BOTTOM LINE: I don’t know if proton pump inhibitors cause kidney disease just like I don’t know if calcium supplements cause heart disease or statins cause ALS. All of these have been implicated in previous observational studies.  I do know that all medication should be used cautiously and not indiscriminately. It is worthwhile to periodically review the drugs that your are taking and discuss with your physician if they should be continued.

     

 

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“Medical Taylorism” or What is Wrong With Medicine Today

Monday, January 18, 2016 // Uncategorized

This is an excellent editorial from the most recent issue of the New England Journal of Medicine that resonated with me. I wanted to share it. It wasn’t surprising who authored it, two of my favorite authors.

Medical Taylorism

Pamela Hartzband, M.D., and Jerome Groopman, M.D.

N Engl J Med 2016; 374:106-108January 14, 2016DOI: 10.1056/NEJMp1512402

Frederick Taylor, a son of Philadelphia aristocrats who lived at the turn of the last century, became known as the “father of scientific management” — the original “efficiency expert.” He believed that the components of every job could and should be scientifically studied, measured, timed, and standardized to maximize efficiency and profit. Central to Taylor’s system is the notion that there is one best way to do every task and that it is the manager’s responsibility to ensure that no worker deviates from it. “In the past, the man has been first; in the future, the system must be first,” Taylor asserted.1

Toyota, inspired by these principles of “Taylorism,” successfully applied them to the manufacture of cars, thereby improving quality, eliminating waste, and cutting costs. As health care comes under increasing economic pressure to achieve these same goals, Taylorism has begun permeating the culture of medicine.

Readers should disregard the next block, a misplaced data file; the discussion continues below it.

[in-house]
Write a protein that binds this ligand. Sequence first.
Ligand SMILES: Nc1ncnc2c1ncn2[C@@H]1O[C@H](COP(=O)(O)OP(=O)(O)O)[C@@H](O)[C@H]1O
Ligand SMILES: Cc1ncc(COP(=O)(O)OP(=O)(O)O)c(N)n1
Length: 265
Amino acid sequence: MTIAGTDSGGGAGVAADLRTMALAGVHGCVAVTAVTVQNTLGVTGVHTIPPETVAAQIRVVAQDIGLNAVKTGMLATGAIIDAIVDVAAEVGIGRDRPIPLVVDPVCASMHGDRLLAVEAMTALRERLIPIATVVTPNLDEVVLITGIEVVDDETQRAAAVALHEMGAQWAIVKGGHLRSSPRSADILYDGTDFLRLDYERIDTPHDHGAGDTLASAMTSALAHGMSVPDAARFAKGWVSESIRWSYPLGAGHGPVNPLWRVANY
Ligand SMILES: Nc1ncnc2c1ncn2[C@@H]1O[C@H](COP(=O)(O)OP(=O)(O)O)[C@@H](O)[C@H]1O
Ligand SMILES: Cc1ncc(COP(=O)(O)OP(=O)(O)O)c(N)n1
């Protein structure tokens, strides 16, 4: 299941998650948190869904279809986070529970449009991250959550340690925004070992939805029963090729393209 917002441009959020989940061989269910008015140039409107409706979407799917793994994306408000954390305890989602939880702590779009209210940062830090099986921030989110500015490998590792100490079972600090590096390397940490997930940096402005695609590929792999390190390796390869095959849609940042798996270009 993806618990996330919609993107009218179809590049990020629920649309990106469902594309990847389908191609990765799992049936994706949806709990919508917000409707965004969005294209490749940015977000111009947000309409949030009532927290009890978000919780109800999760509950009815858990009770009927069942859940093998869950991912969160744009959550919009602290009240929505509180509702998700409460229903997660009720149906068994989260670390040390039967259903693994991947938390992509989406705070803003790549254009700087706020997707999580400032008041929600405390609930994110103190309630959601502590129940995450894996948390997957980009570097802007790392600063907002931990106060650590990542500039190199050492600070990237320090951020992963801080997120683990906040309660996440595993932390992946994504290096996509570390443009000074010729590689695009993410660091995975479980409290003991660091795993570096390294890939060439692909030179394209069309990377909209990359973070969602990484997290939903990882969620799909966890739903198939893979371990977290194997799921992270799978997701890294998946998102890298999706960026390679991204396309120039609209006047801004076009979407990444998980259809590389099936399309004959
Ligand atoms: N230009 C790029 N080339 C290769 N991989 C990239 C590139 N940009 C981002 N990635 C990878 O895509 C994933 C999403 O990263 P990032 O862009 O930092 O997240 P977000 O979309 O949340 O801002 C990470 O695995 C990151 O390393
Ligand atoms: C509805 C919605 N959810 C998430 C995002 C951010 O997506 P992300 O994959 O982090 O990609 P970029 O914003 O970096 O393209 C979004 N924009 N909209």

Advocates lecture clinicians about Toyota’s “Lean” practices, arguing that patient care should follow standardized systems like those deployed in manufacturing automobiles. Colleagues have told us, for example, that managers with stopwatches have been placed in their clinics and emergency departments to measure the duration of patient visits. Their aim is to determine the optimal time for patient–doctor interactions so that they can be standardized.

Meanwhile, the electronic health record (EHR) — introduced with the laudable goals of making patient information readily available and improving safety by identifying dangerous drug–drug interactions — has become a key instrument for measuring the duration and standardizing the content of patient–doctor interactions in pursuit of “the one best way.” Encounters have been restructured around the demands of the EHR: specific questions must be asked, and answer boxes filled in, to demonstrate to payers the “value” of care. Open-ended interviews, vital for obtaining accurate clinical information and understanding patients’ mindsets, have become almost impossible, given the limited time allotted for visits — often only 15 to 20 minutes. Instead, patients are frequently given checklists in an effort to streamline the interaction and save precious minutes. The EHR was supposed to save time, but surveys of nurses and doctors show that it has increased the clinical workload and, more important, taken time and attention away from patients.

Physicians sense that the clock is always ticking, and patients are feeling the effect. One of our patients recently told us that when she came in for a yearly “wellness visit,” she had jotted down a few questions so she wouldn’t forget to ask them. She was upset and frustrated when she didn’t get the chance: her physician told her there was no time for her questions because a standardized list had to be addressed — she’d need to schedule a separate visit to discuss her concerns.

We believe that the standardization integral to Taylorism and the Toyota manufacturing process cannot be applied to many vital aspects of medicine. If patients were cars, we would all be used cars of different years and models, with different and often multiple problems, many of which had previously been repaired by various mechanics. Moreover, those cars would all communicate in different languages and express individual preferences regarding when, how, and even whether they wanted to be fixed. The inescapable truth of medicine is that patients are genetically, physiologically, psychologically, and culturally diverse. It’s no wonder that experts disagree about the best ways to diagnose and treat many medical conditions, including hypertension, hyperlipidemia, and cancer, among others.